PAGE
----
Swvl has done it yet again, folks! Over the past month, we’ve discussed some of the ride-sharing app’s strategic steps to globalise and enhance its services by participating in the Global Entrepreneurship Summit and partnering with Ford Motor Company. During this time, we discovered that, according to Egypt Independent, the company was valued at nearly 100 million USD in 2018, becoming the second Egyptian company after Fawry to achieve such significant figures. Just two days ago, MENAbytes shared the multi-million dollar startup’s latest action to launch 50 buses in Nigeria’s largest city, Lagos, by mid-July.
Our source states that Nigeria will be the third country for Swvl to launch its services in after Egypt and Kenya, with unconfirmed rumours about a possible fourth expansion in Uganda. But as they say, “Never stop dreaming, never stop believing, never give up, never stop trying, and never stop learning”. Following this methodology, Swvl aims to establish global branches in seven megacities in countries including the Philippines, Vietnam, and Thailand by the end of next year.
Technext.ng, the go-to site for news, reviews, and insightful analysis in the Nigerian tech space, published an article after the announcement was broadcasted, discussing Swvl’s chances of thriving in the Nigerian market. Apart from its tough economic status, Nigeria is known for its flooded roads that may impose supplementary costs for fixing the vehicles. Not to mention the dreadful traffic that can slow them down immensely. The startup will also be entering a Nigerian market that already has existing competitors offering similar services, such as Staffbus.ng, Zeno, and Shuttlers.ng. Technext.ng’s analysis ends on an optimistic note that with over 20 million residents in Lagos, the market is quite large, so it’s anyone’s game.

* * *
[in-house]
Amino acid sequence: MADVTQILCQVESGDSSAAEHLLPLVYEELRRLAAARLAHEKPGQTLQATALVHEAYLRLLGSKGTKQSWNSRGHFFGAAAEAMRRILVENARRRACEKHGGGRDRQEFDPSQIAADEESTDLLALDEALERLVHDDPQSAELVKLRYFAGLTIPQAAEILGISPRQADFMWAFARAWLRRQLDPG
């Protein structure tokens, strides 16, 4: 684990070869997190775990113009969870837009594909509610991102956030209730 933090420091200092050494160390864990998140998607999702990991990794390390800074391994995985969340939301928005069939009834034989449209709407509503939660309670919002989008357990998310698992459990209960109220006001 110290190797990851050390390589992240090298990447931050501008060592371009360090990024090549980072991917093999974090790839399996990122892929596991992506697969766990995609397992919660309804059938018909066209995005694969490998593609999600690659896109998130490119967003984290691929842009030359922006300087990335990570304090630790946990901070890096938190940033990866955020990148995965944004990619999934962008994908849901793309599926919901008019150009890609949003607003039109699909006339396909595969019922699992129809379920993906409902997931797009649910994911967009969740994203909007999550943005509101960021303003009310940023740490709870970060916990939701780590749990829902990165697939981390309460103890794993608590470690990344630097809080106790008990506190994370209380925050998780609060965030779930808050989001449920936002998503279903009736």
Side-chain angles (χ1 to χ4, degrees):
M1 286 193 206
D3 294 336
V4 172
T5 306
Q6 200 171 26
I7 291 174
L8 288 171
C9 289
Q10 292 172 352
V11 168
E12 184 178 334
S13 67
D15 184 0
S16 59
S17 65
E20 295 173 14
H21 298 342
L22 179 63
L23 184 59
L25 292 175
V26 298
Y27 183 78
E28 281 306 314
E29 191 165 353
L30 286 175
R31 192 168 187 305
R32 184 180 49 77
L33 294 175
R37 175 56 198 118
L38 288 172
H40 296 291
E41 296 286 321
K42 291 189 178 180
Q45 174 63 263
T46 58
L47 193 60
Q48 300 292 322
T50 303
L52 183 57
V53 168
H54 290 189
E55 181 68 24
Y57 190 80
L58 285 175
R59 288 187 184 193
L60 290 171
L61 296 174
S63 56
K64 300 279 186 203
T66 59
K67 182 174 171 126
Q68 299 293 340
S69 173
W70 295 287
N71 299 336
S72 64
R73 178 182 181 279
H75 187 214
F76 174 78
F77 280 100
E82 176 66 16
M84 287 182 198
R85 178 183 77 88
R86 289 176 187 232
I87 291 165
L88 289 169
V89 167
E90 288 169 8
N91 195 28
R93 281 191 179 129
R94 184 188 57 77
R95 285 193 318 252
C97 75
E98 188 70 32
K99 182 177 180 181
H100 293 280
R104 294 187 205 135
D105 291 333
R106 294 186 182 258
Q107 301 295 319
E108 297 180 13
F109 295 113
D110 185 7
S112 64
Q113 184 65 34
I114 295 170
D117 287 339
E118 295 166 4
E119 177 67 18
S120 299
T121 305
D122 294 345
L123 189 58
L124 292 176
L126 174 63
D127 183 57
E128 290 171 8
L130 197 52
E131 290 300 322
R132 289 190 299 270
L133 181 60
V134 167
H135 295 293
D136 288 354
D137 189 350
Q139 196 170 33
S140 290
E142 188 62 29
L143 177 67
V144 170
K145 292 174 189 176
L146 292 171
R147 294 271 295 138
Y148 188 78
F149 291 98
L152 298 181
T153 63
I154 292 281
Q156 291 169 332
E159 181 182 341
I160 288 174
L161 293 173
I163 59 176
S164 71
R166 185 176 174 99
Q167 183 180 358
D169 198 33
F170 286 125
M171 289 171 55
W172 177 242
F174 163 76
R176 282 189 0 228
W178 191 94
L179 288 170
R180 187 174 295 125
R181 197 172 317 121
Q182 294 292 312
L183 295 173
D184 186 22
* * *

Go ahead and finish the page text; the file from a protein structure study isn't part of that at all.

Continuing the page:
No matter the obstacles, we are sure that the startup’s perseverance will prevail. After all, the launch of Uber and Careem buses didn’t stop them from growing. As a matter of fact, Mostafa Kandil, Swvl’s CEO, mentioned earlier this year that they had been witnessing fourfold growth in signups since the launch of Uber Bus in Cairo.
In conclusion, it is Swvl’s ambition that played a major role in raising $38m across three rounds of financing in just two years. It is also why tens of thousands of bookings have been placed in Cairo, Alexandria, and Nairobi over the years. And it is that same ambition that will help them expand into whichever country they desire, regardless of its geographic location and challenges.
As a side note, Enterprise mentioned that the mass transit app listed the role of Country General Manager for Nigeria last week, calling for an experienced leader to continue the growth of Swvl in Lagos and other Nigerian cities. You can check the full job description via this link, and if you fit the criteria, this is your chance, so hurry up and apply!